Five Modern Prefabs Coming to the MOMA
A much more innovative and original collection of modern prefabs than shown in Wired can be found parked next to the Museum of Modern Art in New York this July. Five architects have been chosen to build prefabs for ""Home Delivery: Fabricating the Modern Dwelling." It is a mix: "I wanted a mix of existing buildings and prototypes," said Barry Bergdoll, the chief curator of architecture and design at the museum, who is organizing the exhibition with Peter Christensen, a curatorial assistant.
The five chosen are: -KieranTimberlake Associates of Philadelphia; (beloved of TreeHugger for the Loblolly House) Lawrence Sass of Cambridge, Mass.; Douglas Gauthier and Jeremy Edmiston of Manhattan; Oskar Leo Kaufmann and Albert RÃ¼f of Austria (of the iconic Su-si) ; and Richard Horden of Horden Cherry Lee in London (of the micro-compact home)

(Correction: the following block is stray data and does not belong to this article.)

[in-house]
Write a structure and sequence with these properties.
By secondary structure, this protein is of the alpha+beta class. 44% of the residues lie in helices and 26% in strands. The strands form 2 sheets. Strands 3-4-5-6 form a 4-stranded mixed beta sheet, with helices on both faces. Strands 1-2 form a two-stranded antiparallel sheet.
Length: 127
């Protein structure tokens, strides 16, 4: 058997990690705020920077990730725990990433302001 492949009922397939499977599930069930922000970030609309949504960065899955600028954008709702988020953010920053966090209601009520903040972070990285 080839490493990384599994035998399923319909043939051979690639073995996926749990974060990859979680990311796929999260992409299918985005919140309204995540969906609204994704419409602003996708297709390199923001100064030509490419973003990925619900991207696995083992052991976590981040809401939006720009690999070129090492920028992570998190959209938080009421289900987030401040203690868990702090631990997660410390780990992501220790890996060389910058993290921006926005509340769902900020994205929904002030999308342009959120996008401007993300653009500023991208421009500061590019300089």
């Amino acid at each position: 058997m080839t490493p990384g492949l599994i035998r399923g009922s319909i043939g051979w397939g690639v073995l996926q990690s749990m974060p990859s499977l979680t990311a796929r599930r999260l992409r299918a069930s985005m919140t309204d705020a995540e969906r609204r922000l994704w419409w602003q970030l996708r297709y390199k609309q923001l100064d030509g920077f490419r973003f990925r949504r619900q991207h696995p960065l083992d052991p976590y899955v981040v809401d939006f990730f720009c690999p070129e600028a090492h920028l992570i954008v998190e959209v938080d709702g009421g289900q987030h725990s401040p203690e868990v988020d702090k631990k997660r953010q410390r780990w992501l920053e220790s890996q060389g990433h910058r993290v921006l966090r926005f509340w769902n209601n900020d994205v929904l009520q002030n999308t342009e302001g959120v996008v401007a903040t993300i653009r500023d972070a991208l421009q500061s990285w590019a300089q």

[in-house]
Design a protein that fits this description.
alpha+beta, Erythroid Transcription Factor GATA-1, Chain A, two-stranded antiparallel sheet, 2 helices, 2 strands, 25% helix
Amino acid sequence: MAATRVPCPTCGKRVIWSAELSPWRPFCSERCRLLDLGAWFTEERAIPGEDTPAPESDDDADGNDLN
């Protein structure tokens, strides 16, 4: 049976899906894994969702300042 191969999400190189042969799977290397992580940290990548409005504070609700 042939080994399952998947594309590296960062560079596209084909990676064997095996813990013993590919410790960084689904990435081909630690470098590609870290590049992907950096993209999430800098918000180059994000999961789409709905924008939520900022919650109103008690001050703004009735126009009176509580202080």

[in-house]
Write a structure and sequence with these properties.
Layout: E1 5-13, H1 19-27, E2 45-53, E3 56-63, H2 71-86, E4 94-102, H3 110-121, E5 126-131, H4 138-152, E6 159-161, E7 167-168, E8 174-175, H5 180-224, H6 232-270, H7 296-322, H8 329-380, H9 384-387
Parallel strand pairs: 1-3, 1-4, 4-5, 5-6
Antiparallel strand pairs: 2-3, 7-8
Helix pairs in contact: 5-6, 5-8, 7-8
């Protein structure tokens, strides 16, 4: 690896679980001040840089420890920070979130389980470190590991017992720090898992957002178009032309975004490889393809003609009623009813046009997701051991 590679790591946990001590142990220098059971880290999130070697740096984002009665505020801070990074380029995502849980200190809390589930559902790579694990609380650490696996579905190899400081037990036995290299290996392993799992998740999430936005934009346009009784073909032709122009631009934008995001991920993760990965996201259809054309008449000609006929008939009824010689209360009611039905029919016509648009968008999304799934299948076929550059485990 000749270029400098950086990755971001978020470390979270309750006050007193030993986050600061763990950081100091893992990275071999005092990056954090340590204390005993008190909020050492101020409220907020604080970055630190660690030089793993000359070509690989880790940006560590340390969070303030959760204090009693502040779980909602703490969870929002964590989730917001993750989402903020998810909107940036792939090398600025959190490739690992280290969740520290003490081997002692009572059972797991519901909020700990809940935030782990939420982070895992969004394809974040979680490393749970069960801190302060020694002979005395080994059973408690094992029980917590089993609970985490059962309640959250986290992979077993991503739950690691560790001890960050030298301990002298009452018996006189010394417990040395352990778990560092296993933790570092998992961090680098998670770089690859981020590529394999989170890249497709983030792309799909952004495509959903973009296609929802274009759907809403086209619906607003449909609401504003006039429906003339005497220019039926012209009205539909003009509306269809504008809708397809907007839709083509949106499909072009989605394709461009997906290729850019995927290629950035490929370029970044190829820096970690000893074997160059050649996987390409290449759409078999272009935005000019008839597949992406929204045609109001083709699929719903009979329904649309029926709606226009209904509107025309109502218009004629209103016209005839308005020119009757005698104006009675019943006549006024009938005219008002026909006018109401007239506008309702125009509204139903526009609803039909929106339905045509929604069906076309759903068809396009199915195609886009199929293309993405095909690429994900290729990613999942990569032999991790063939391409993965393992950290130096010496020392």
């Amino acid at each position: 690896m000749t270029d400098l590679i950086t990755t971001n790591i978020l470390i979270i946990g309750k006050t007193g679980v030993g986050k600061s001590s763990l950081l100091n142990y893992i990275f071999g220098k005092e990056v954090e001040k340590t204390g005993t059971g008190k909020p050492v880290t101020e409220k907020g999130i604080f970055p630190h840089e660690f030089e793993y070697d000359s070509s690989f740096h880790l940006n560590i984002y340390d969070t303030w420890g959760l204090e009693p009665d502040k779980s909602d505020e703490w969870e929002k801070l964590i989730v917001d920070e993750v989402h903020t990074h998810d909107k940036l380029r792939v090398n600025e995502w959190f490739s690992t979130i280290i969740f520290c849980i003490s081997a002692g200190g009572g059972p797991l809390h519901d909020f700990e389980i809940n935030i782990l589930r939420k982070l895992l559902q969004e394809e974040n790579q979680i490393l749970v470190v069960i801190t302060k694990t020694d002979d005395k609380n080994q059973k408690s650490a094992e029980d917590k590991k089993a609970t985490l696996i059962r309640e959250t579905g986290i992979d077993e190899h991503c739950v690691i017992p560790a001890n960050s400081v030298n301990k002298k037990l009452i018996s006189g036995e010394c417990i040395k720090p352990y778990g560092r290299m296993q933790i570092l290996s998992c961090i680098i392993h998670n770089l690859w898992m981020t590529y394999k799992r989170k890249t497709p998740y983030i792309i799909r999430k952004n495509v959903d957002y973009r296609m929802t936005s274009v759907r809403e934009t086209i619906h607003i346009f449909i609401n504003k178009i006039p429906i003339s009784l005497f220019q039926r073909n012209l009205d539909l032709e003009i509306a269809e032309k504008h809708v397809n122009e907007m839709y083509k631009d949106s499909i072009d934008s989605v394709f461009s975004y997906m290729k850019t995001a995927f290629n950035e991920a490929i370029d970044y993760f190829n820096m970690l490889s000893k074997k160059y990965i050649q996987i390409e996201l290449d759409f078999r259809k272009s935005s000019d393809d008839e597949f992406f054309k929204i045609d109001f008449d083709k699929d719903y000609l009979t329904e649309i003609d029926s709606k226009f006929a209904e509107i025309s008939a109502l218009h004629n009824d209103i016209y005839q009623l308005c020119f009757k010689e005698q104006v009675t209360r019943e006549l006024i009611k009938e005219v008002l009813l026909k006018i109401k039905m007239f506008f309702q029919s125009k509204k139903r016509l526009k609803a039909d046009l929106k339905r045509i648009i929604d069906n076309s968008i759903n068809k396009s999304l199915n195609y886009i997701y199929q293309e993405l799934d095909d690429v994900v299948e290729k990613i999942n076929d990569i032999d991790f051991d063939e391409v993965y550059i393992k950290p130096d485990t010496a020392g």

According to the New York Times, Each firm has a track record with prefabricated housing, but they all approach the form differently. The proposals were evaluated by a jury of MoMA curators and staff members and architectural professionals. The Manhattan architecture firm of Cooper Robertson & Partners will act as the consulting architect in assembling the houses, some created expressly for this exhibition and others designed earlier.
Mr. Bergdoll wants to counter other misconceptions about prefab housing, like the notion that the reason to build them is to save money. While they can be economical, he said, they also have potential environmental benefits. The goal for Mr. Gauthier and Mr. Edmiston, for example, is to cut the most complex prefab pieces with the least waste.
Intrinsic to the idea of prefab housing is serial production, an arguably radical notion at a time when one-of-a-kind homes are so valued. But computerized customization also makes it possible to produce nonidentical objects, Mr. Bergdoll said, adding that the exhibition may explore "the idea that mass production is reconcilable with the individual artistic spirit." ::New York Times